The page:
> > circumstances. I am not questioning this version of the importance of the
> > external but do question if looking primarily or primordially to the
> > external circumstances as central if we are not leaving a gap in our
> > notions of *sens*.
> >
> > If by looking or highlighting or illuminating the *external* and highly
> > visible acts of the actual we are leaving a gap in actual*ity.
> > A gap in *sens*.
> >
> > To be continued by others...
> >
> > Sent from my Windows 10 phone
> >
> > From: David Kellogg
> > Sent: October 31, 2016 2:15 PM
> > To: eXtended Mind, Culture, Activity
> > Subject: [Xmca-l] Re: MCA Issue 3 article for discussion
> >
> > I was turning Mike's request--for a short explanation of the
> > Halliday/Vygotsky interface--over in my mind for a few days, unsure where
> > to start. I usually decide these difficult "where to start" questions in
> > the easiest possible way, with whatever I happen to be working on. In
> this
> > case it's the origins of language in a one year old, a moment which is
> > almost as mysterious to me as the origins of life or the Big Bang. But
> > perhaps for that very reason it's not a good place to start (the Big Bang
> > always seemed to me to jump the gun a bit, not to mention the origins of
> > life).
> >
> > Let me start with the "Hollowed Out" paper Alfredo just thoughtfully sent
> > around instead. My first impression is that this paper leaves a really
> big
> > gap between the data and the conclusions, and that this gap is largely
> > filled by theory. Here are some examples of what I mean:
> >
> > a)    "Whereas 'subject position' is given by society, 'identity' is
> > self-authored, although it must be recognized by others to be sustained."
> > (p. 189)
> >
> > b)  "It is notable that this construction of a good student, though
> > familiar, does not make any reference to personal interest, excitement,
> or
> > engagement in the topics or content-related activities." (193)
> >
> > c)  "When students' statements such as 'I get it', 'I'm confident', 'I'm
> > good at this', and  'I can pull this off' are interpreted in the context
> of
> > the figured world of math or science at the two schools, their statements
> > index more than a grade. They reference a meaning system for being good
> in
> > math or science that includes the actor identity characteristics of being
> > able to grasp the subject matter easily, do the work quickly, do it
> without
> > help from others, do it faster than others, and get an A." (193)
> >
> > In each case, we are told to believe in a theory: "given by society",
> > "self-authored", "does not make any reference", "the context of the
> figured
> > world". It's not just that in each case the theory seems to go against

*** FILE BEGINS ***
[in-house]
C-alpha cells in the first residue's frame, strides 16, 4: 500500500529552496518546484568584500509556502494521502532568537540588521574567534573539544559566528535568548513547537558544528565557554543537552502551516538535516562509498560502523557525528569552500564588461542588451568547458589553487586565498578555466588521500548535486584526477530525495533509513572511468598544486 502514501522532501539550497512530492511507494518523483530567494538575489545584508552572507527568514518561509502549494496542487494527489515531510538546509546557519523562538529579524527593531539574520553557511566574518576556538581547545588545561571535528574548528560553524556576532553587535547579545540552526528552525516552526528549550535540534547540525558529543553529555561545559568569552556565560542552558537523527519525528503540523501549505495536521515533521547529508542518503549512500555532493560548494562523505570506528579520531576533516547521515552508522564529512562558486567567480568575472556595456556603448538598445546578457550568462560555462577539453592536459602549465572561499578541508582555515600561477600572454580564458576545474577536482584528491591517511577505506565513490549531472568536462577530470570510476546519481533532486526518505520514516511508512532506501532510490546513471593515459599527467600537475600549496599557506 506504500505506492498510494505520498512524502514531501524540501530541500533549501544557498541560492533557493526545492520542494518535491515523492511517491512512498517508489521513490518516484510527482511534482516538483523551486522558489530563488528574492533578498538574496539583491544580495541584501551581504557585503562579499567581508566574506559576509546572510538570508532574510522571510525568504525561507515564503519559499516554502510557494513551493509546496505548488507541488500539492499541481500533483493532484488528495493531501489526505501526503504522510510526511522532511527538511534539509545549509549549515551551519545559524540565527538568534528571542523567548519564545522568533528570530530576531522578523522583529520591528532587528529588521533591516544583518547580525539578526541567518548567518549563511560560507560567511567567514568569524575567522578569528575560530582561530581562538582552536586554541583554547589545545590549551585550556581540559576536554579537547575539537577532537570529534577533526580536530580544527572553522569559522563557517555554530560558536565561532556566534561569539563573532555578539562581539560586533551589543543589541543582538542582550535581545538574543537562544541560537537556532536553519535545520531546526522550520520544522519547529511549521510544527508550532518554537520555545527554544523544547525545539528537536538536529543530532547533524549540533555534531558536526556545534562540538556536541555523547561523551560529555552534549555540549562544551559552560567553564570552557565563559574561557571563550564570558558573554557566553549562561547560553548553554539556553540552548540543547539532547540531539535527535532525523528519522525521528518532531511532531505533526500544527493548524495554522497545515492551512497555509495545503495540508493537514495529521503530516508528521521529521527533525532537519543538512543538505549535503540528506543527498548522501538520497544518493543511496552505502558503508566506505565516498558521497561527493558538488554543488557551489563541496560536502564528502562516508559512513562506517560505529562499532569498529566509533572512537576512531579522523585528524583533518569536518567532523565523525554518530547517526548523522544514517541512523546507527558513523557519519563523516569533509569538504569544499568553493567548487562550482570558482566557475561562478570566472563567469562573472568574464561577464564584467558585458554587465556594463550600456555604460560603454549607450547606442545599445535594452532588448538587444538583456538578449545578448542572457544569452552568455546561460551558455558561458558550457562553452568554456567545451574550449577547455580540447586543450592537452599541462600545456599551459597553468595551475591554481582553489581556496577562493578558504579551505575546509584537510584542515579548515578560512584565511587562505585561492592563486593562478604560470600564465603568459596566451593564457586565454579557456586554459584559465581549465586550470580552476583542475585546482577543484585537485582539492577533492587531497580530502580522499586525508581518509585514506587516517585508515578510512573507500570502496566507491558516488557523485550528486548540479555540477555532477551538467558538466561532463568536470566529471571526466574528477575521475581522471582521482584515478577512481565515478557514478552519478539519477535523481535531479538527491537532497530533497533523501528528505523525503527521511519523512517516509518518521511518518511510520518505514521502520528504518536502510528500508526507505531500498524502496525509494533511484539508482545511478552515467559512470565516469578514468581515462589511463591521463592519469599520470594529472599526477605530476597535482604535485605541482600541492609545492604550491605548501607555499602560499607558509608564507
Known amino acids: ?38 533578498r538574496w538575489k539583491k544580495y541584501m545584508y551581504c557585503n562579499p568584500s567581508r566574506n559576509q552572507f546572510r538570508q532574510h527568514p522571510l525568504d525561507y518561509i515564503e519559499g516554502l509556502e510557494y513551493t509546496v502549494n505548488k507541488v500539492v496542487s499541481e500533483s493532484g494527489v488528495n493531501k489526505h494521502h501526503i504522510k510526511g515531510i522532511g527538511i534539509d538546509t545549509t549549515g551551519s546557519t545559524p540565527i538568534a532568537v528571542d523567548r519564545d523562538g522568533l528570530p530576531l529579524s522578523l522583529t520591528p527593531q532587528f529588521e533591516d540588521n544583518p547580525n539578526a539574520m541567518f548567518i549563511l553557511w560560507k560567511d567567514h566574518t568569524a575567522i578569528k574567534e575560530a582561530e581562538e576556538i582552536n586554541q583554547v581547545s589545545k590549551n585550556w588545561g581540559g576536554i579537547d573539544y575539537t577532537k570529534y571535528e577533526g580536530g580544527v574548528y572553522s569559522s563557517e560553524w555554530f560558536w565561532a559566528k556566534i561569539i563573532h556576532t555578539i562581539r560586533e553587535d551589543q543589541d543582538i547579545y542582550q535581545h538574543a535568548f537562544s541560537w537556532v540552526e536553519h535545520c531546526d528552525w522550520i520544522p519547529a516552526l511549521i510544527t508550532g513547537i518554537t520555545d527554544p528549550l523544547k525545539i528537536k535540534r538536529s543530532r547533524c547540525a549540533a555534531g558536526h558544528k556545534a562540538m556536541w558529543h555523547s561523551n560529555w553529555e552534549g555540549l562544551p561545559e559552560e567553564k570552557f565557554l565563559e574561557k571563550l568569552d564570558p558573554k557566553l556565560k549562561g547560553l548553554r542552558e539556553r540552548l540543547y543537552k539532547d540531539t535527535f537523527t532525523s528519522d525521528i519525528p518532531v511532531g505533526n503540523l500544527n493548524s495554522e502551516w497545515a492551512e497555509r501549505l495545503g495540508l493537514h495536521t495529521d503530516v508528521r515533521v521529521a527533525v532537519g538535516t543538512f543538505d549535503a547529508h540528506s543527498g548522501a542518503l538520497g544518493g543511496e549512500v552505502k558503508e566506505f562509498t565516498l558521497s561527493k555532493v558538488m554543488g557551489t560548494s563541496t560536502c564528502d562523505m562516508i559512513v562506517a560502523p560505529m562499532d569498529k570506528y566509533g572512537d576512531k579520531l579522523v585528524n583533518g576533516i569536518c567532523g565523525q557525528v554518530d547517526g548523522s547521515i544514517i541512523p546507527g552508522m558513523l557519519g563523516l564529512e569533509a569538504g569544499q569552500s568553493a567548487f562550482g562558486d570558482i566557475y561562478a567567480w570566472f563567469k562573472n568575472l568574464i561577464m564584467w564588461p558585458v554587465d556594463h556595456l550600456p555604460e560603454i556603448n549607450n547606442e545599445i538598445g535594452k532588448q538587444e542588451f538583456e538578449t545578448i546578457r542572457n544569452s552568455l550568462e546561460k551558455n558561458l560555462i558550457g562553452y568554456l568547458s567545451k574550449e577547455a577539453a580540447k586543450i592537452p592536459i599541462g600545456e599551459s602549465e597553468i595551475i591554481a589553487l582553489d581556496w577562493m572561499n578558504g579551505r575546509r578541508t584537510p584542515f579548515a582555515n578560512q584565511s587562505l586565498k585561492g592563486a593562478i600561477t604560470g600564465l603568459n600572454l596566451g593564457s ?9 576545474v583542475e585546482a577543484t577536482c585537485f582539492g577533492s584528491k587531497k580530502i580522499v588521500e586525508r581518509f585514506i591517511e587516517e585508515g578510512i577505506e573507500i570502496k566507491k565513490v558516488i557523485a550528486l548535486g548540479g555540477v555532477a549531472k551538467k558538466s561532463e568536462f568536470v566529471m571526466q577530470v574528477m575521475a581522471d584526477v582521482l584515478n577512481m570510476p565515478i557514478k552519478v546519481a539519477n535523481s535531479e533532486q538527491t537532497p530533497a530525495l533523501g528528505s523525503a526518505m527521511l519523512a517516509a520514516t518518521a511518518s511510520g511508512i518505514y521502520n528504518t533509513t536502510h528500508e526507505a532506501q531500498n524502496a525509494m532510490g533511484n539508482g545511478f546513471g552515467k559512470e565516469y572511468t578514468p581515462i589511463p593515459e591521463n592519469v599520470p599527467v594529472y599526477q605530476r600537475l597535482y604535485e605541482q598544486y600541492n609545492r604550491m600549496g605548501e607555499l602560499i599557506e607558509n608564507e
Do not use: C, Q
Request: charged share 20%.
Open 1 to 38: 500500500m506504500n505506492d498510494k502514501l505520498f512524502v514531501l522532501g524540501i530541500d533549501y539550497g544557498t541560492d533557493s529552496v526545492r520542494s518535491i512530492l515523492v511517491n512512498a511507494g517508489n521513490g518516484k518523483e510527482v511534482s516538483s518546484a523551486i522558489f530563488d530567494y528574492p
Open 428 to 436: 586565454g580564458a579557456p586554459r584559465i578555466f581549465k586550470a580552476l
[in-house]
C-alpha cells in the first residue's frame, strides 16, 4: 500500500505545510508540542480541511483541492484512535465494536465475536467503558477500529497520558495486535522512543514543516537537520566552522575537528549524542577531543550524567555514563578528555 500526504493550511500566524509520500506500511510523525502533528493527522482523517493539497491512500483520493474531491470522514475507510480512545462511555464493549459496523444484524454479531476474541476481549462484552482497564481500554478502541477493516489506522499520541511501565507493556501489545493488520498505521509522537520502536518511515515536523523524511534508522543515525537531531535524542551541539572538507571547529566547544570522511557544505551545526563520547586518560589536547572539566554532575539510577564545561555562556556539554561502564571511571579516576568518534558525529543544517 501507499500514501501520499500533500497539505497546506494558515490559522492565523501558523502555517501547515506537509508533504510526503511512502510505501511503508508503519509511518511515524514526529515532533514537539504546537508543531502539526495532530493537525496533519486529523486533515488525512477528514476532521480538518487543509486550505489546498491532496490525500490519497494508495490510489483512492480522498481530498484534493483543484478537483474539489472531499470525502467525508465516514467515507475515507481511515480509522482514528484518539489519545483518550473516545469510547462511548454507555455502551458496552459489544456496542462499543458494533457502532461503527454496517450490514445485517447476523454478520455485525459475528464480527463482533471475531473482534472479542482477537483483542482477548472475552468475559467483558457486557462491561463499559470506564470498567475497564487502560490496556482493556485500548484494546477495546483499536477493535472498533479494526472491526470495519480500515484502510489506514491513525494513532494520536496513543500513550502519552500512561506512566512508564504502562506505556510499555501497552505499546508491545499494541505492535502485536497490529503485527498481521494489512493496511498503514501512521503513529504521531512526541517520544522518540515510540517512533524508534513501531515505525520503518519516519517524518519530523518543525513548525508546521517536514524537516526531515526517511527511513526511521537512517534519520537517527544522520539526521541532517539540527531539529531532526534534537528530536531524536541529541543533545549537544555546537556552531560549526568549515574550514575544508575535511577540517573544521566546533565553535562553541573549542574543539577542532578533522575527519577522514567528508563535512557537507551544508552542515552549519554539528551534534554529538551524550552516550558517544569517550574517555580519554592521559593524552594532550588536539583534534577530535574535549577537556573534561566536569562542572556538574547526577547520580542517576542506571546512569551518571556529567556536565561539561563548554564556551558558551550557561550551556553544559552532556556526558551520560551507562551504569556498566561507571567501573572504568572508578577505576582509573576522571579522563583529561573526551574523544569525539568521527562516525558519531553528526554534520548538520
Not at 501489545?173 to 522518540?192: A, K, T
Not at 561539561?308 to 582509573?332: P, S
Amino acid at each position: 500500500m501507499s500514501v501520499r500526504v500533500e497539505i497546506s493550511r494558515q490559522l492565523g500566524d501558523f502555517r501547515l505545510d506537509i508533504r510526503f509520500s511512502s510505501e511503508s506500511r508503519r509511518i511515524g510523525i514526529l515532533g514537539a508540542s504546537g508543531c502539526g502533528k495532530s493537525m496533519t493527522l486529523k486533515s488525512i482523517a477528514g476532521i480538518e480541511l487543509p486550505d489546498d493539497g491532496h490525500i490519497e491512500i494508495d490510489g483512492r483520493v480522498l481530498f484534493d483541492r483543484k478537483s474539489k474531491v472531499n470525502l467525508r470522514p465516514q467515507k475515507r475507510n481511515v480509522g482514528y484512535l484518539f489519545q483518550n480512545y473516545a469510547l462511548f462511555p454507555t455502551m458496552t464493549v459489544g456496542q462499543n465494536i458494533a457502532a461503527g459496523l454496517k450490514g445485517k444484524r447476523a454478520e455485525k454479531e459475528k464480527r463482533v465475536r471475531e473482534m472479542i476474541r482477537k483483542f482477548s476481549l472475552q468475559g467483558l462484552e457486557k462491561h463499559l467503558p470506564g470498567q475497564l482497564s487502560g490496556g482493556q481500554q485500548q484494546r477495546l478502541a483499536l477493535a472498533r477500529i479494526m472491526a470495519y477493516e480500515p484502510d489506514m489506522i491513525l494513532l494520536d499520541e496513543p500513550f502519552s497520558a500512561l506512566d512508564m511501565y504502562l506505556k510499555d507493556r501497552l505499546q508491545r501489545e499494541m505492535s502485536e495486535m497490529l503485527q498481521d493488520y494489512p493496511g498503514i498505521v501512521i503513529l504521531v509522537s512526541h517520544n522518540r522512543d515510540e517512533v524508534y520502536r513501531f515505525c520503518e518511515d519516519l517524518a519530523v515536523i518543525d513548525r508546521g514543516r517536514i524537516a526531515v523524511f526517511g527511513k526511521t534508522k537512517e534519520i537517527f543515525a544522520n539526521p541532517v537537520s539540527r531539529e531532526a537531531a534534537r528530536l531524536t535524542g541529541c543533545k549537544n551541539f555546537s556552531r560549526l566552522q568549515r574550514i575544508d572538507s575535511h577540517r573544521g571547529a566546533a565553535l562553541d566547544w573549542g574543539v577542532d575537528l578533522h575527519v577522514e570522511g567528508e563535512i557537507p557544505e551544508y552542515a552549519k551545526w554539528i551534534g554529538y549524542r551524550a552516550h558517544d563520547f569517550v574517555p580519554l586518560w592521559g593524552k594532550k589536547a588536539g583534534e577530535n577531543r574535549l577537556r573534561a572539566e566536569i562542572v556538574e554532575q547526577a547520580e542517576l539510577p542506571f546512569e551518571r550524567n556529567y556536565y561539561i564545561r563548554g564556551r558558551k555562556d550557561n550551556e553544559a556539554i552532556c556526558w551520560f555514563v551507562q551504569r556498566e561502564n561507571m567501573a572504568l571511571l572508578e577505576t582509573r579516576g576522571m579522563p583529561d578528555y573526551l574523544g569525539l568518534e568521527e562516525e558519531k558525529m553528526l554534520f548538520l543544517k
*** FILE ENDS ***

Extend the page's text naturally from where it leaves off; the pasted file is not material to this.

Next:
> the
> > data (although it certainly does in places, such as Lowena's views as a
> > tenth grader). I can always live with a theory that contradicts my data:
> > that's what being a rationalist is all about. It's that the theory
> > contradicts my own personal theories.
> >
> > I don't believe that identity is self authored, and I also don't believe
> > that subject position is given by society as a whole, I think the word
> > "good" does include personal interest, excitement, and engagement as much
> > as it includes being able to grasp the subject matter easily, do the work
> > quickly, do it without help from others, do it faster than others and get
> > an A. To me anyway, the key word in the data given in c) is actually "I"
> > and not "it" or "this": the students think they are talking about, and
> > therefore probably are actually talking about, a relation between their
> > inner states and the activity at hand  or between the activity at hand
> and
> > the result they get; they are not invoking the figured world of
> neoliberal
> > results and prospects.
> >
> > But never mind my own theories. Any gap is, after all, a good opportunity
> > for theory building. The authors are raising a key issue in both Vygotsky
> > and Halliday: when does an interpersonal relation become a
> > historico-cultural one? That is, when does that 'me" and "you"
> relationship
> > in which I really do have the power to author my identity (I can make up
> > any name I want and, within limits, invent my own history, particularly
> if
> > I am a backpacker) give way to a job, an address, a number and a class
> over
> > which I have very little power at all? When does the interpersonal
> somehow
> > become an alien ideational "identity" that confronts me like a strange
> > ghost when I look in the mirror?
> >
> > The authors find this point (in the case of Lorena) somewhere between the
> > beginning of the tenth and the end of the eleventh grade, but I think
> > that's just because it's where they are looking. We can probably find the
> > roots of this distinction (between the interpersonal and the
> > historico-cultural) as far back as we like, right back to (Vygotsky) the
> > moment when the child gives up the "self-authored" language at one and
> > takes on the language recognized by others and (Halliday) the moment when
> > the child distinguishes between Attributive identifying clauses ("I'm
> > confident", "I'm good at this"), material processes ("I can pull this
> off")
> > and mental ones ("I get it").
> >
> > (To be continued...but not necessarily by me!)
> >
> > David Kellogg
> > Macquarie University
> >
> >
> >
> > On Mon, Oct 31, 2016 at 4:50 PM, Alfredo Jornet Gil <a.j.gil@iped.uio.no
> >
> > wrote:
> >
> > > Dear xmca'ers,
> > >
> > >
> > > I am excited to announce the next article for discussion, which is now
> > > available open access at the T&F MCA pages<http://www.tandfonline.
> > > com/doi/full/10.1080/10749039.2016.1188962>.
> > >
> > >
> > > After a really interesting discussion on Zaza's colourful paper (which
> > > still goes on developed into a discussion on micro- and ontogenesis),
> we
> > > will from next week be looking at an article by Margaret Eisenhart and
> > > Carrie Allen from the special issue on "Reimagining Science Education
> in
> > > the Neoliberal Global Context". I think the article, as the whole
> issue,
> > > offers a very neat example of research trying to tie together
> > > cultural/economical? and developmental aspects (of identity in this
> > case).
> > >
> > >
> > > Margaret has kindly accepted to join the discussion ?after US elections
> > > (which will surely keep the attention of many of us busy). Meanwhile, I
> > > share the link<http://www.tandfonline.com/doi/full/10.1080/10749039.
> > > 2016.1188962>  to the article (see above), and also attach it as PDF.
> > > ??Good read!
> > >
> > >
> > > Alfredo
> > >
> > >
> >
> >
>
>
Status: O